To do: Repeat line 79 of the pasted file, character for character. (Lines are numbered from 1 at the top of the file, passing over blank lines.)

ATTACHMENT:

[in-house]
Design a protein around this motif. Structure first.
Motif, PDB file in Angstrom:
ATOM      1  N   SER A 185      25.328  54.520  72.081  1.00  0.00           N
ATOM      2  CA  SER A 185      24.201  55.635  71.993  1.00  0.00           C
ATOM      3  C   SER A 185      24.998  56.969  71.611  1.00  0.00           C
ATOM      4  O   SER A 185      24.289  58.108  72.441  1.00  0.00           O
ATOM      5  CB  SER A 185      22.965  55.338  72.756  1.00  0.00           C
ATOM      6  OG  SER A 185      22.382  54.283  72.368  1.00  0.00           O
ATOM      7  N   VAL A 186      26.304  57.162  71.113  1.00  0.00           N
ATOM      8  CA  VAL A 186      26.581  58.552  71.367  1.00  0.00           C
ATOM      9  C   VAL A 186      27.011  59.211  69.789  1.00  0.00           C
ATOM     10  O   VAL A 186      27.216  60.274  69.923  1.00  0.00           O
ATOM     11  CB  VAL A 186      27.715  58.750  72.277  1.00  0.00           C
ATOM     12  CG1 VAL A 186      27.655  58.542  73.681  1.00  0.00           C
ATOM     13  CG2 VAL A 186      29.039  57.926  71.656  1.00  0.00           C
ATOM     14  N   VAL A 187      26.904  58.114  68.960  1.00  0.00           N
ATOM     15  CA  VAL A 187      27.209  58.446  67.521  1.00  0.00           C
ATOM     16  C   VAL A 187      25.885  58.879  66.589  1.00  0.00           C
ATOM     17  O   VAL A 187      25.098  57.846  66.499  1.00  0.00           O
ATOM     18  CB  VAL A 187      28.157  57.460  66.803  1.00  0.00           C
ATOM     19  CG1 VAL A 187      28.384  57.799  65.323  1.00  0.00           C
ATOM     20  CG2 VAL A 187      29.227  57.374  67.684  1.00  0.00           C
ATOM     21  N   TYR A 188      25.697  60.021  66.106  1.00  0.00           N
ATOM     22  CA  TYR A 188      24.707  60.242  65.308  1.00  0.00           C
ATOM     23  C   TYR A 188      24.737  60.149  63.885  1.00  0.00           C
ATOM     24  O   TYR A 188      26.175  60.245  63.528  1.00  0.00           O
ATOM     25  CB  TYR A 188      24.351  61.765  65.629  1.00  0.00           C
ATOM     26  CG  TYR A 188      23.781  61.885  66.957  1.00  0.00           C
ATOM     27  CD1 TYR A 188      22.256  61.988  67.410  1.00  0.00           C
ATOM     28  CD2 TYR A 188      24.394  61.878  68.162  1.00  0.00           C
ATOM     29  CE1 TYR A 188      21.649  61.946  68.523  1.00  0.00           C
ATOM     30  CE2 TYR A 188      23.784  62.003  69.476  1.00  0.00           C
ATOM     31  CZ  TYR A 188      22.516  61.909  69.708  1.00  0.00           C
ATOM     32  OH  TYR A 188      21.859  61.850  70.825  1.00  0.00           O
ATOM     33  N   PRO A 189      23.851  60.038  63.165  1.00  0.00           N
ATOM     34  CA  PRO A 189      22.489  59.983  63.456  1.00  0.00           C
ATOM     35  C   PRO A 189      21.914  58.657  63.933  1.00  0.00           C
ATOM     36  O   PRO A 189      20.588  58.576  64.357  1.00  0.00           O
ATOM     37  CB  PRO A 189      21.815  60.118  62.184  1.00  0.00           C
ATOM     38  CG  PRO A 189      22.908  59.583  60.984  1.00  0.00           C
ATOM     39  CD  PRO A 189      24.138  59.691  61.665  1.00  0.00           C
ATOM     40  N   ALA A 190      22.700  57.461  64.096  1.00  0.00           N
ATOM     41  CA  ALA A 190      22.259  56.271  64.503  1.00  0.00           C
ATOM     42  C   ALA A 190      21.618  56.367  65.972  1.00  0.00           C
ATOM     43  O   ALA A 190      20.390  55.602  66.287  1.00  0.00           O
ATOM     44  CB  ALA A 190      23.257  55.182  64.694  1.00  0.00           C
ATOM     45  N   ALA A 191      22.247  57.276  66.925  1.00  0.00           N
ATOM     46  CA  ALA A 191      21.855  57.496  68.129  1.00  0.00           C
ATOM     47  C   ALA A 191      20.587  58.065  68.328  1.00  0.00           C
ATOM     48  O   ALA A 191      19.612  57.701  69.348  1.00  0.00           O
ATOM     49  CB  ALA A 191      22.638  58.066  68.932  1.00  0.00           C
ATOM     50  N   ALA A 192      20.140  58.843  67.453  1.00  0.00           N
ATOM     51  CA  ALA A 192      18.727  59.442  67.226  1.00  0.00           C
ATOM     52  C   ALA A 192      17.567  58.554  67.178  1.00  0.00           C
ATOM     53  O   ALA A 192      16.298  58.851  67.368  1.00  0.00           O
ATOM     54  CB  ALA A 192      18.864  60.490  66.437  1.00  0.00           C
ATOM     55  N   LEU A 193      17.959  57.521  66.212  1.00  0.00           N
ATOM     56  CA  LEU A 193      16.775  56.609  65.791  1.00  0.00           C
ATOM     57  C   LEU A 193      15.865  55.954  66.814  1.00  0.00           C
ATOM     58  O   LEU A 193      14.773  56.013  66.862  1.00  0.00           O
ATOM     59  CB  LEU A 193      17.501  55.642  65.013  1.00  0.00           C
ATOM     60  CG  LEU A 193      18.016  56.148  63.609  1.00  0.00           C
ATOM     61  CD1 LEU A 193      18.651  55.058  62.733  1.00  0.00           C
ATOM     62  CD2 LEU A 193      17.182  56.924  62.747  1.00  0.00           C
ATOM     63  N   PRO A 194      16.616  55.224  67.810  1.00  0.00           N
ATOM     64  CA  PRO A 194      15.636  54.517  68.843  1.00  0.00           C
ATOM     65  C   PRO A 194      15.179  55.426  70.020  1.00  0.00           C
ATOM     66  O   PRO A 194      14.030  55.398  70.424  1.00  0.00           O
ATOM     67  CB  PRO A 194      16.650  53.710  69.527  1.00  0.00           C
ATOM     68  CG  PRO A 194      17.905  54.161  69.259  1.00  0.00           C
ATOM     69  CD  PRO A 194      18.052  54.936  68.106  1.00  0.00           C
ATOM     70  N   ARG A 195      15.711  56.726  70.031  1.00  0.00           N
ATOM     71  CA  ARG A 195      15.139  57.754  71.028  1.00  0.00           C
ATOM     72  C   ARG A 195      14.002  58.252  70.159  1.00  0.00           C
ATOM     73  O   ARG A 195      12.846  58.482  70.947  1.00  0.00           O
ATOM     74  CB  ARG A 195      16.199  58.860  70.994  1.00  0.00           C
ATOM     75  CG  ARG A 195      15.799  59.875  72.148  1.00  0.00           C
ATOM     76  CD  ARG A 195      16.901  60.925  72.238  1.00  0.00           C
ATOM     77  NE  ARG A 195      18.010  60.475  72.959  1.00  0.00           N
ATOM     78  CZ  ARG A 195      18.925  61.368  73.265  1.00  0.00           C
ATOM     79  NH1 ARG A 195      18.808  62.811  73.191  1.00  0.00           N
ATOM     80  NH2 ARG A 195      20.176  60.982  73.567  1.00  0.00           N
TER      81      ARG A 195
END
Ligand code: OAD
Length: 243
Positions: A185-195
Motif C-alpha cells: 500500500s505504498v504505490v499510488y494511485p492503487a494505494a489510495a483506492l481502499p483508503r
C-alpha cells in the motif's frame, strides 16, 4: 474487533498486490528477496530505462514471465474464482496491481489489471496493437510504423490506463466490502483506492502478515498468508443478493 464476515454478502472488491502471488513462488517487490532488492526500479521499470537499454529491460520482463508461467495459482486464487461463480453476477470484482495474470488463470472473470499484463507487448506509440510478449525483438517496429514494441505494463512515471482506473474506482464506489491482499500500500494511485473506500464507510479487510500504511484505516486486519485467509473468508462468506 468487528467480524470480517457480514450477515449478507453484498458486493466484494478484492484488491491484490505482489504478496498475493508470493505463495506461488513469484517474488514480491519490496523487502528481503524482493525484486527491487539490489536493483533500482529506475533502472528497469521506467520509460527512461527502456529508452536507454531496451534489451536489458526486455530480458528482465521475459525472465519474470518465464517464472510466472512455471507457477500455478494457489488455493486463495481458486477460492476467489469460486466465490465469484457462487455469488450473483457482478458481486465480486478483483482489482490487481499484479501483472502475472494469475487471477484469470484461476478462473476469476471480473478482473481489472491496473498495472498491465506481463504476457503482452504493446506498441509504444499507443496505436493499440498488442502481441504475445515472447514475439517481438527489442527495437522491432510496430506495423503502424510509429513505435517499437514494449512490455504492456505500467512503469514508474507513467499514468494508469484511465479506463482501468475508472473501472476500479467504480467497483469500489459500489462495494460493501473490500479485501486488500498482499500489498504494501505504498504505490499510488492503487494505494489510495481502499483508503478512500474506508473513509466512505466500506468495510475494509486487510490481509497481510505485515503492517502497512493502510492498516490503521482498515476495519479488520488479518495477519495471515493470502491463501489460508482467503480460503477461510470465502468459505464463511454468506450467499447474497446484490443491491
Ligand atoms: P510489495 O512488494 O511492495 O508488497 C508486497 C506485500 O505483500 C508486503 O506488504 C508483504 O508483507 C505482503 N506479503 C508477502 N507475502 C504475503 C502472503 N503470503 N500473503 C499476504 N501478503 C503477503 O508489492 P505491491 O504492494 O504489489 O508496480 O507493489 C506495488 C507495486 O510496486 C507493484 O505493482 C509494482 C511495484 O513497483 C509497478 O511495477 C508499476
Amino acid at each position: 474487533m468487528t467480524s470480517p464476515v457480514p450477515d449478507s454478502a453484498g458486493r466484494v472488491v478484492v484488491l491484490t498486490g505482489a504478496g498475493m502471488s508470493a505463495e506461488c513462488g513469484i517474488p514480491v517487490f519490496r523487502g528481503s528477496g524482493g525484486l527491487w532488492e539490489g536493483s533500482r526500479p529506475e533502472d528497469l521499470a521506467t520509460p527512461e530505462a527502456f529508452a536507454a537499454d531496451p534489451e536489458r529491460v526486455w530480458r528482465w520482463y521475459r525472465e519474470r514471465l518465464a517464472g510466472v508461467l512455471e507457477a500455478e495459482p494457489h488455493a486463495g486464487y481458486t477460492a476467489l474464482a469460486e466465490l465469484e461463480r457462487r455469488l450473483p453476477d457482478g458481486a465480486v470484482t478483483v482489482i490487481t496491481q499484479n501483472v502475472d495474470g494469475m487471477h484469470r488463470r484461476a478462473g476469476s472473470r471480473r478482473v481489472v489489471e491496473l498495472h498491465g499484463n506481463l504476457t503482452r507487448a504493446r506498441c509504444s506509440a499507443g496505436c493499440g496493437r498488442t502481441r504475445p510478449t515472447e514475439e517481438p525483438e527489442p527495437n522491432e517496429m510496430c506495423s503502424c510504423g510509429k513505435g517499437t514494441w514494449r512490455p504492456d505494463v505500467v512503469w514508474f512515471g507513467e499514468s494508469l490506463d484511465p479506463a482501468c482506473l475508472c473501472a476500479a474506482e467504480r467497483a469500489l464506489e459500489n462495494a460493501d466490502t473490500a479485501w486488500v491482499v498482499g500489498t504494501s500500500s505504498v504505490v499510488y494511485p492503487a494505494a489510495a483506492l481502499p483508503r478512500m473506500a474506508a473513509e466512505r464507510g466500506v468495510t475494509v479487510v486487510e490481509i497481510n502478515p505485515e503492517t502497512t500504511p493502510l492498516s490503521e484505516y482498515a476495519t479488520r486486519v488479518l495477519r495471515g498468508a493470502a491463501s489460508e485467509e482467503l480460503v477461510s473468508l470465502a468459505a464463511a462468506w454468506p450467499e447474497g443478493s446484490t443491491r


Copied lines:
ATOM     76  CD  ARG A 195      16.901  60.925  72.238  1.00  0.00           C